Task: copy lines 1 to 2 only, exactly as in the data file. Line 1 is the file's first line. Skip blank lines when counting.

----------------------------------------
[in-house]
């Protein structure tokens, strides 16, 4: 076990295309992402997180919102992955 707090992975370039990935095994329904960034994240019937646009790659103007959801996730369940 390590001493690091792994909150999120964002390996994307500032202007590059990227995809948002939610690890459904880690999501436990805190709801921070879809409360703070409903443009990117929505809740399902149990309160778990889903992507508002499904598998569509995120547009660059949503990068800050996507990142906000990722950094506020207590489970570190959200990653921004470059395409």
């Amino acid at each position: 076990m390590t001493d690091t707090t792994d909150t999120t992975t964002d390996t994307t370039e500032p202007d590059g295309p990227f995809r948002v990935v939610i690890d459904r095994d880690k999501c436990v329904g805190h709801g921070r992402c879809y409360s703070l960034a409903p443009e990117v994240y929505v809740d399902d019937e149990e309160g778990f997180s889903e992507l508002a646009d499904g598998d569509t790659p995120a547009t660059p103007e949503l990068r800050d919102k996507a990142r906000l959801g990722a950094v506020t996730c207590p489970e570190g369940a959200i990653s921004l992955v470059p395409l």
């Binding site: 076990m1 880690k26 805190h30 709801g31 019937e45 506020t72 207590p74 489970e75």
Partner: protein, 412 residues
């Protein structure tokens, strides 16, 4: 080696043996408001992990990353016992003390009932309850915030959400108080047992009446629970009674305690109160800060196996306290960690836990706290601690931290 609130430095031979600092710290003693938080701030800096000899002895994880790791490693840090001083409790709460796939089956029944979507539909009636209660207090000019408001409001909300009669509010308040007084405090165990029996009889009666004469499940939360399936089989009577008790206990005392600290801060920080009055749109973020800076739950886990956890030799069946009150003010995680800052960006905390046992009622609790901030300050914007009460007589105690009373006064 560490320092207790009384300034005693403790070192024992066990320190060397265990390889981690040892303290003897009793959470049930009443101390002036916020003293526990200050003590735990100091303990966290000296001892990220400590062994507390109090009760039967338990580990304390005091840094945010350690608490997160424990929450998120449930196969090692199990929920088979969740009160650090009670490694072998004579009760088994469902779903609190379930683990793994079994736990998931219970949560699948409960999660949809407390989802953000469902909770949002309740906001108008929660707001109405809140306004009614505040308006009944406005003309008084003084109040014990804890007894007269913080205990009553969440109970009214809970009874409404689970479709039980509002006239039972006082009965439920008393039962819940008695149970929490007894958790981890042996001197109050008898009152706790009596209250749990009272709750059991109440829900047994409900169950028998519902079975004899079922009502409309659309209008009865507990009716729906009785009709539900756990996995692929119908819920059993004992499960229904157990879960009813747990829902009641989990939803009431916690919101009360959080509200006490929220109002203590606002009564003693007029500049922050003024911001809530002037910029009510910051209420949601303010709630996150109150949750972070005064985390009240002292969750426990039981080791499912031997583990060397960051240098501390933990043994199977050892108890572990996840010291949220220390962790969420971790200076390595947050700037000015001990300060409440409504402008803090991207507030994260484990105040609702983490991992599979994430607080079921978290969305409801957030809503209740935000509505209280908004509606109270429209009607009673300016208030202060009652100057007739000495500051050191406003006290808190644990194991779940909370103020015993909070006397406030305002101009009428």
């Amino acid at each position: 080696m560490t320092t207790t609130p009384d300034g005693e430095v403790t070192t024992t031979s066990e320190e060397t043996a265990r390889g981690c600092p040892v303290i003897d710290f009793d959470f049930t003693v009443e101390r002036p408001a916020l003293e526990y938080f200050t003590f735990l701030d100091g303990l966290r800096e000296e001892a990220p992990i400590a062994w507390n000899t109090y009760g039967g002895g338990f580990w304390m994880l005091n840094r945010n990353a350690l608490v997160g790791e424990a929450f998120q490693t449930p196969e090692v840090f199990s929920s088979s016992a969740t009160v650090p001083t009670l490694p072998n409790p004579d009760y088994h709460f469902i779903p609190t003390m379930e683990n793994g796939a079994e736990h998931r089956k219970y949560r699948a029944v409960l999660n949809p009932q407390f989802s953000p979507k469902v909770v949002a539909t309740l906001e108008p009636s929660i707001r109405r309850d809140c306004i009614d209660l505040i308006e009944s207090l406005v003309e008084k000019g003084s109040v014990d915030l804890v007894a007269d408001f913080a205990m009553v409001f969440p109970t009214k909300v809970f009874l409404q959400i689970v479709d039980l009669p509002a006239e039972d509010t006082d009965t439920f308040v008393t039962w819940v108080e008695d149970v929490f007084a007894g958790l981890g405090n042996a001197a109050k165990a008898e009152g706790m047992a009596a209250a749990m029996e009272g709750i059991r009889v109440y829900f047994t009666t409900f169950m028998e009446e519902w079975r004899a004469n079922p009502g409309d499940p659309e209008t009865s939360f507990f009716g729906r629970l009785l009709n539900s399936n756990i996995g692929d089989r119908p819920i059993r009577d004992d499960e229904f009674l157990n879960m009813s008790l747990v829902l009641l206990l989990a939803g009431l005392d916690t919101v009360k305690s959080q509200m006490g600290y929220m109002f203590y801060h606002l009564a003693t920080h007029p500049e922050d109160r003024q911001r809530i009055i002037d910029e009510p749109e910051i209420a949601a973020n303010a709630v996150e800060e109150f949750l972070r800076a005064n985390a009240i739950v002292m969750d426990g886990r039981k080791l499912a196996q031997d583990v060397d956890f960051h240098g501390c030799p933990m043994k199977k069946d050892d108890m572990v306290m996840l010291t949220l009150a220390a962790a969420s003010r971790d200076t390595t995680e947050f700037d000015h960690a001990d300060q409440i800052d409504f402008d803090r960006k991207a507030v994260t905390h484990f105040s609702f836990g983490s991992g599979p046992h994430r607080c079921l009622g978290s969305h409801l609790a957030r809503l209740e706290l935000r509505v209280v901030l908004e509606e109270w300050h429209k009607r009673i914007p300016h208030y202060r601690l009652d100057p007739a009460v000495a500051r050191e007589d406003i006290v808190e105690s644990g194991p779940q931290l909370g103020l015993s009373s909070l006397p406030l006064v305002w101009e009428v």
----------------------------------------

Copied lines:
[in-house]
């Protein structure tokens, strides 16, 4: 076990295309992402997180919102992955 707090992975370039990935095994329904960034994240019937646009790659103007959801996730369940 390590001493690091792994909150999120964002390996994307500032202007590059990227995809948002939610690890459904880690999501436990805190709801921070879809409360703070409903443009990117929505809740399902149990309160778990889903992507508002499904598998569509995120547009660059949503990068800050996507990142906000990722950094506020207590489970570190959200990653921004470059395409």